Sectors - Commercial

Sheffield’s River Sheaf Gets £3m Upgrade

The trash screen used to collect debris and reduced flood risk to Sheffield city centre from the River Sheaf is to get a major upgrade from the Environment Agency.

Work has begun on the £3 million upgrading project to improve the trash screen and replace the mechanical arm which is used to clear it. The work is being done whilst those on site adhere to the strict Government guidance on social distancing and is expected to be completed by the end of the year.

The Sheaf Screen aims to prevent debris from travelling underground and along the river where is could become lodged, which in turn can create a blockage. Blockages which occur underground, in culverts, which are tunnels that carry water under roads, railways and buildings, are extremely difficult to clear, and this can result in flooding to the local area.

The screen currently needs regular cleaning by using a combination of the mechanical arm controlled by an operator, and manual labour, which can be very resource intensive during an incident.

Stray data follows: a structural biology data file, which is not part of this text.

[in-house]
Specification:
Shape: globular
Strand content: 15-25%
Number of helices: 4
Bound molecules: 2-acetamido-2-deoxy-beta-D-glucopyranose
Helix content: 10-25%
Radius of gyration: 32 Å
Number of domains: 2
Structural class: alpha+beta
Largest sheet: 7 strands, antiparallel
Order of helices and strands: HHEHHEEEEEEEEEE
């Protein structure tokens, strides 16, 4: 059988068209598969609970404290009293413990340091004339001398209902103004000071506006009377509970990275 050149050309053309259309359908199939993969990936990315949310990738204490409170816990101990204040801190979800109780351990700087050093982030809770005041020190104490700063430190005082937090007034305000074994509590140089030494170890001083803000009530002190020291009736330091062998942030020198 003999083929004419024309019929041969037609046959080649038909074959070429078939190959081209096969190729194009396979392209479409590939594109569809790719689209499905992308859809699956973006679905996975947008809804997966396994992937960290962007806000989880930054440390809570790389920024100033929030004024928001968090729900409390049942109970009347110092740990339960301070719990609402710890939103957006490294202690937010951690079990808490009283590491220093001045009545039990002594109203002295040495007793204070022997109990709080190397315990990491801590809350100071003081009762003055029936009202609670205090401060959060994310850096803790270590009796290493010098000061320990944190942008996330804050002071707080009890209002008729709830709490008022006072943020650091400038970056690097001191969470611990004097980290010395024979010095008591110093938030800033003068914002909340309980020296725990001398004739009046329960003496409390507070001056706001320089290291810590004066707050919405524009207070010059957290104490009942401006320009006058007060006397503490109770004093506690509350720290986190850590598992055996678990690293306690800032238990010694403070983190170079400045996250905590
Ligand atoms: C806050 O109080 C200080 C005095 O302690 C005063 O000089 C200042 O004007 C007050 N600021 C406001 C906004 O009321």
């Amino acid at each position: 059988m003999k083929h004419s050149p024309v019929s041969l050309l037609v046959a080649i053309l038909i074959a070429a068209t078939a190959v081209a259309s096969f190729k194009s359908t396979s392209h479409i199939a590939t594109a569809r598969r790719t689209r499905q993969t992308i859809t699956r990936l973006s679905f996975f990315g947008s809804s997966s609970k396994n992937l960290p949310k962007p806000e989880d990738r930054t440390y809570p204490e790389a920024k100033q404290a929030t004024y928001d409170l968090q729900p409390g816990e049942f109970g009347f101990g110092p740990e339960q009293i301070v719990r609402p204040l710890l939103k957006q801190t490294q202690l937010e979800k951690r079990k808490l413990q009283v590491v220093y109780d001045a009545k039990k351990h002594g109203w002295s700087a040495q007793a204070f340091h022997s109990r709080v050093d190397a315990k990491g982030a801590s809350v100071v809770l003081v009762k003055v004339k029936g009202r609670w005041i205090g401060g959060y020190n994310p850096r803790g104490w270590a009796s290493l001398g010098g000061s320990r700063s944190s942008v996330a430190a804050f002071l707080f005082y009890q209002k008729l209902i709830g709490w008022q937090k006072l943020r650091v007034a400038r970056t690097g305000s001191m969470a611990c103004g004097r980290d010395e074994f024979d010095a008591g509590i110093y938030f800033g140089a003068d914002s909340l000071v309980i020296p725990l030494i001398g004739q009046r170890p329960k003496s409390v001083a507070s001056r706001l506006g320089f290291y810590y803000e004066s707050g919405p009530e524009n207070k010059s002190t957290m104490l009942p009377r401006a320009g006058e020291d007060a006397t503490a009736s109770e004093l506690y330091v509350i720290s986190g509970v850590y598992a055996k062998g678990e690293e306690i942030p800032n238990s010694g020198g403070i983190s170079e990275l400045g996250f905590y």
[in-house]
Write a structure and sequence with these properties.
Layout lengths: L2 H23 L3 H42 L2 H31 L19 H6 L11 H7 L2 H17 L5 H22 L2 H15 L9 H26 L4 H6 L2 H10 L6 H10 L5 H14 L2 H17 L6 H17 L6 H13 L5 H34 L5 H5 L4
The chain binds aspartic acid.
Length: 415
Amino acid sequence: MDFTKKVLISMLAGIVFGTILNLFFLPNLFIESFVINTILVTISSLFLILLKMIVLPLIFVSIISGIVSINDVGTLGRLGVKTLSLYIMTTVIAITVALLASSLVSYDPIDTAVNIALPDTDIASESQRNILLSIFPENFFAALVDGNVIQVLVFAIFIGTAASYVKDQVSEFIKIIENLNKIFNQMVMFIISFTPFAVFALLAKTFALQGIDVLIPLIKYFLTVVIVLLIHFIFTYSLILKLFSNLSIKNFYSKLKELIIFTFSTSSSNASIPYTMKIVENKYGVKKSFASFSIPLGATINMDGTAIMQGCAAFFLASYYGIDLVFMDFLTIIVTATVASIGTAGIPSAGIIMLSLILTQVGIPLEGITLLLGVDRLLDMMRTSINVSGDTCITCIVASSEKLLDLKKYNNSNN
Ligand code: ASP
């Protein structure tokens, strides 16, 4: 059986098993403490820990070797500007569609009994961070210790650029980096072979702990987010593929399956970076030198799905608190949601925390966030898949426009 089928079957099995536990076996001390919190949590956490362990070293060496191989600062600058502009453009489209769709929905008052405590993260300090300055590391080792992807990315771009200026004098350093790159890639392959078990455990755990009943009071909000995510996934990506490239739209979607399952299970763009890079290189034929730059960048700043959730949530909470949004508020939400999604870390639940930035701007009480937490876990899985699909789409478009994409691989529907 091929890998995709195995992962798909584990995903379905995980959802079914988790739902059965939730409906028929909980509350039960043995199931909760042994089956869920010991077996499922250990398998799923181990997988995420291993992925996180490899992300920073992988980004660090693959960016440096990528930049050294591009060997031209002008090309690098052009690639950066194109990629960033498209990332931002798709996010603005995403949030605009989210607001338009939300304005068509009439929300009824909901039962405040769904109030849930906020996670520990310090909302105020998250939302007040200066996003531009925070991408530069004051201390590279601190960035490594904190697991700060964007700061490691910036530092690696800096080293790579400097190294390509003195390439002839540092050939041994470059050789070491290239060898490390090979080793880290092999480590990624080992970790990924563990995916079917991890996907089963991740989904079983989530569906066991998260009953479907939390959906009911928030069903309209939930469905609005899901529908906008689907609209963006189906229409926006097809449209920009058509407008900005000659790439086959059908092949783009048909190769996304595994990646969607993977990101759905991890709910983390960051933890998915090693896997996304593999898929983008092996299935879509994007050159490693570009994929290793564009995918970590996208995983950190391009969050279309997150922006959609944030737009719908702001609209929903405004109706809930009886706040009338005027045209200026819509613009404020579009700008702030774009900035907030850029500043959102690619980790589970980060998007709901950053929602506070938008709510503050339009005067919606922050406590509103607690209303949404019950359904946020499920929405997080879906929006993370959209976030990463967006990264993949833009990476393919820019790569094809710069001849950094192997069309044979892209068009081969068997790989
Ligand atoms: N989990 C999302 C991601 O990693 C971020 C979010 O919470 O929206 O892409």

The trash screen which is currently in place is in poor condition, with some of the bars either damaged or missing. The screen is being replaced and two ‘grabs’ are to be installed on an overhead monorail, making it easier to clear any debris when it collects on the screen.

Phil Rogers, Project Manager at the Environment Agency said:

“This upgrade work for the Sheaf screen is critical to help modernise this important piece of flood risk reduction equipment. The improvements mean that the grabs will work automatically around the clock to remove debris from the river and place in a skip for removal, significantly reducing the need for Environment Agency staff to be on site.”

The Sheaf Screen in Sheffield city centre is located at the upstream end of a 750m culvert which carries the River Sheaf below the central train station and the markets area. It joins up with the Porter Brook which is also largely hidden from view in the city and heads towards its confluence with the River Don.

As well as natural vegetation, the Sheaf Screen regularly collects larger objects including mattresses, tree trunks, bikes, branches, and pipes. If these were not caught by the screen, they could cause a significant blockage and increase the risk of flooding to the city.

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